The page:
Federal Reserve Board chairman Jerome Powell is testifying before Congress this week, and mixed in with questions and answers about interest rates, economic growth, and employment could be queries about when the Fed is going to update its cap on the fees issuers can charge for debit card transactions.
At least, that’s the hope of the Retail Industry Leaders Association, a Washington, D.C.-based trade group that issued a broadside on Tuesday against what it and most major retailers regard as debit fees out of proportion to banks’ costs to process transactions.
“[O]ne of the issues the chairman and the overall Federal Reserve Board should be pressed on is their complete failure to update the bipartisan debit reforms that were passed under Dodd-Frank over a decade ago,” said Austen Jensen, senior vice president for government affairs at RILA, which has long advocated for lower card-acceptance costs. “During this time, the Federal Reserve has chosen to prioritize policy revisions that benefit Wall Street banks over Main Street businesses and leading retailers. This can simply no longer stand.”
RILA released Jensen’s remarks Tuesday as Powell was preparing to testify before the House Financial Services Committee. He will speak Wednesday before the Senate.
For nearly a decade, the Durbin Amendment to the Dodd-Frank Act has capped debit card transaction fees to merchants at 21 cents, with an additional though small allowance for certain fraud costs. Now, merchants say an update is long past due as issuers’ costs have plunged over the years. The biggest banks, according to RILA, have experienced a drop from 7 cents per transaction to 3 cents in the years since 2009. Yet the Fed, which the amendment charged with revising the fee cap over time, hasn’t acted. “[T]he Federal Reserve has been reluctant to address this drastic disparity,” RILA charges.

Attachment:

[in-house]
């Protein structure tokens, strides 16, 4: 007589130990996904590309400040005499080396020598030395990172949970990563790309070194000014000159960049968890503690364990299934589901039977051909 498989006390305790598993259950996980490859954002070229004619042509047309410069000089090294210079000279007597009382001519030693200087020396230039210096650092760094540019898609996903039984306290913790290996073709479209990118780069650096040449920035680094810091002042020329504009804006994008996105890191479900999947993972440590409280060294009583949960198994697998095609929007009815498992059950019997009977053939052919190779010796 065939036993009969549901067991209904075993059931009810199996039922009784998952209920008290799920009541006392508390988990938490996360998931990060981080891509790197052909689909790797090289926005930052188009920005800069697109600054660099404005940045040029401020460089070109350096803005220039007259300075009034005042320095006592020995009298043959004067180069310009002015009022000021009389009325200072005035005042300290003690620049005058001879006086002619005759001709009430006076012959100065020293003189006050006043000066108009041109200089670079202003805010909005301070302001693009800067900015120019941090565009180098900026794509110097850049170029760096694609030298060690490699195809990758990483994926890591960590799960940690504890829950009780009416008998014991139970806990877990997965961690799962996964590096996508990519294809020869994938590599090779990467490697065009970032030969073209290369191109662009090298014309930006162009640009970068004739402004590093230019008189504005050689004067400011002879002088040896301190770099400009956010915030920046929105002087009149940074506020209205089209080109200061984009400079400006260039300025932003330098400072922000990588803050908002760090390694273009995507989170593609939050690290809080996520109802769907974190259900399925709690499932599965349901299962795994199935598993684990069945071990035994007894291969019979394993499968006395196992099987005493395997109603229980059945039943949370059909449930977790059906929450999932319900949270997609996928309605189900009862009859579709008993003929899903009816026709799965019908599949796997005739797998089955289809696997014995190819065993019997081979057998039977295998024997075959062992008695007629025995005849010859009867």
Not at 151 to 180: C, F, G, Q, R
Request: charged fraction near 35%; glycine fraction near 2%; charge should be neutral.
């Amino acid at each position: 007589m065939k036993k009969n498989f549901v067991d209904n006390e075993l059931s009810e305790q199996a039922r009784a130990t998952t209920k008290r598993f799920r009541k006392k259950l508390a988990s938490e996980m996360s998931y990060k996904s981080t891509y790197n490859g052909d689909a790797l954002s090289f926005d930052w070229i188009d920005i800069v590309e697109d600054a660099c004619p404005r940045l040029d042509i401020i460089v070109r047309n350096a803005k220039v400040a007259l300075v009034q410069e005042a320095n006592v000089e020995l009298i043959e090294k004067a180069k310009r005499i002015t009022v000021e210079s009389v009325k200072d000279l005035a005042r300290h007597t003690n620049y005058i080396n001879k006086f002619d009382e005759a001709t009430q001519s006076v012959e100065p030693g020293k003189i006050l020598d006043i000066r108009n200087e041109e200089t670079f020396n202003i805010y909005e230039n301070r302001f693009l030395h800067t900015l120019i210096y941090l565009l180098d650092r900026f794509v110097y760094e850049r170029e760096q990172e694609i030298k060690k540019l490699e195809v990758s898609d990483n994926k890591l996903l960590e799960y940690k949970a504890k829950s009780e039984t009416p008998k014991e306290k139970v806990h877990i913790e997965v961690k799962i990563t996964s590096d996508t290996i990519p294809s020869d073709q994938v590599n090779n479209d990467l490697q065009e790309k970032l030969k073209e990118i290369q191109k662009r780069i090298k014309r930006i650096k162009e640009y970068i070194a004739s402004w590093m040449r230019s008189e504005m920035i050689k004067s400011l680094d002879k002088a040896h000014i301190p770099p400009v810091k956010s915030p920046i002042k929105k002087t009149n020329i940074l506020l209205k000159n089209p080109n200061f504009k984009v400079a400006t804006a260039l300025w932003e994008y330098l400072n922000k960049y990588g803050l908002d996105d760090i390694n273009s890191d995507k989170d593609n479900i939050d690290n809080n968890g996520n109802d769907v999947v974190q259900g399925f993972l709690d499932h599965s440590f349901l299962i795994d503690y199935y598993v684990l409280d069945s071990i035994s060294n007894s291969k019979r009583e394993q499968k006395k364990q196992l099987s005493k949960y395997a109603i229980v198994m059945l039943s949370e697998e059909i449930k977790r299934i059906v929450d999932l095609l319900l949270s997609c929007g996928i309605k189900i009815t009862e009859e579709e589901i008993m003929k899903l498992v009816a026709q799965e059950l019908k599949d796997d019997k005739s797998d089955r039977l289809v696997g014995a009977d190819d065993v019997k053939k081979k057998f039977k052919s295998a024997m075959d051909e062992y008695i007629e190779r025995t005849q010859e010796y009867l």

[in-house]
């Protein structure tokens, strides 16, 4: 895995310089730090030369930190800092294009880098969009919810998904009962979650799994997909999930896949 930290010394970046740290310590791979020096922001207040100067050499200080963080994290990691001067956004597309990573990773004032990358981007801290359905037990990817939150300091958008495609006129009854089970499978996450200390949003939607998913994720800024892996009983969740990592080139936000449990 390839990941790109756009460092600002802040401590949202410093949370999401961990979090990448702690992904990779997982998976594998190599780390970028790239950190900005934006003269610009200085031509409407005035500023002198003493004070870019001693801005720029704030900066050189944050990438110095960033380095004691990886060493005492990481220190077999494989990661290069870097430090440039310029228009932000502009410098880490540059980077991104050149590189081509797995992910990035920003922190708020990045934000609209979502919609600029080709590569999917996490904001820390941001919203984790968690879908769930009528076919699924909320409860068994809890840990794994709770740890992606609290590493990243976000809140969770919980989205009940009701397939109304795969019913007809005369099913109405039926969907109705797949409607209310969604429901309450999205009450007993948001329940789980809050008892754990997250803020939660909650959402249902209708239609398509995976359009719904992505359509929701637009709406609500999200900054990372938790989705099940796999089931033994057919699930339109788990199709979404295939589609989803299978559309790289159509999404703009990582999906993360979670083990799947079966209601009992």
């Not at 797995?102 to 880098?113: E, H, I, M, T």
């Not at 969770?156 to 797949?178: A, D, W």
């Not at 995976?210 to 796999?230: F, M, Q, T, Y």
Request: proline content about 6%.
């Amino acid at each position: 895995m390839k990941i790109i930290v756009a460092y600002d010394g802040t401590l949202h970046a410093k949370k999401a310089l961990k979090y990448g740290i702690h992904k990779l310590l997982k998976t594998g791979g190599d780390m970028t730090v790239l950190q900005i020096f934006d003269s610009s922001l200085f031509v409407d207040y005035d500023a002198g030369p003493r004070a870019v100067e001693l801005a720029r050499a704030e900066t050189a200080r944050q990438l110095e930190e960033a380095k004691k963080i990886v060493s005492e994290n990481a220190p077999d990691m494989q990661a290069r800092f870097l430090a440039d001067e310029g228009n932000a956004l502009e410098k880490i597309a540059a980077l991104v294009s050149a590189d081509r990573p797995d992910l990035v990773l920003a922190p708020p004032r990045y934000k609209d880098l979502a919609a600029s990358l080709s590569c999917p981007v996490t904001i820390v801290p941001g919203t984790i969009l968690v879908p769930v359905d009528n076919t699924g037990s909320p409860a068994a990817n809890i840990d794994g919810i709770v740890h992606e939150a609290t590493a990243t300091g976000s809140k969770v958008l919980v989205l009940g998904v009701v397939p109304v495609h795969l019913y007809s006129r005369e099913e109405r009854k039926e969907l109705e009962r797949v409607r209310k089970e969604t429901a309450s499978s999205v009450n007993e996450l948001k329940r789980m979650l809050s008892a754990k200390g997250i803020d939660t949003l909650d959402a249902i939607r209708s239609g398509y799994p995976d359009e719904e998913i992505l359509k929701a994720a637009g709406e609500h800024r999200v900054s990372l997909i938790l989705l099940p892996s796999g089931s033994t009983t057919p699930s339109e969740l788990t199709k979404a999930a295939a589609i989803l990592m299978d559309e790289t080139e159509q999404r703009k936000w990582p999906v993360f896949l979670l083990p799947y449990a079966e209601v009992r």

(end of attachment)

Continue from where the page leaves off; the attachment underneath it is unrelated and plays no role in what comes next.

Other merchant advocates support RILA’s position. Mark Horwedel, a consultant to Atlanta-based research firm CMSPi, says the drop in issuers’ debit costs presents “clear evidence that debit interchange rates need to be drastically reduced.” He adds the Fed has a “responsibility to lower debit interchange.” Horwedel formerly was head of the Merchant Advisory Group, a Minneapolis-based advocacy organization whose members include major retail chains and airlines.
The Electronic Payments Coalition, which advocates on behalf of financial institutions on card transaction fees and other payments issues, argues merchants receive benefits from debit and credit card acceptance that exceeds what they pay for in fees.
Moreover, Jeff Tassey, the Washington, D.C.-based EPC’s chairman, contends the Durbin cap harms financial institutions. “The Durbin Amendment required the Federal Reserve to set an interchange cap that is ‘reasonable and proportional’ to the costs incurred by issuers with respect to debit card transactions, and in doing so, developed an artificially low measure of authorization, clearance, and settlement costs, which, while unfair to all financial institutions, is particularly punishing to community financial institutions,” he says in a statement to Digital Transactions News.
In the statement from RILA, Jensen said the association hopes lawmakers will confront Powell with questions about the debit cap and “encourage immediate action by the Federal Reserve granted to them by Congress to set a true rate that reflects the actual costs to handle debit transactions for all retailers.”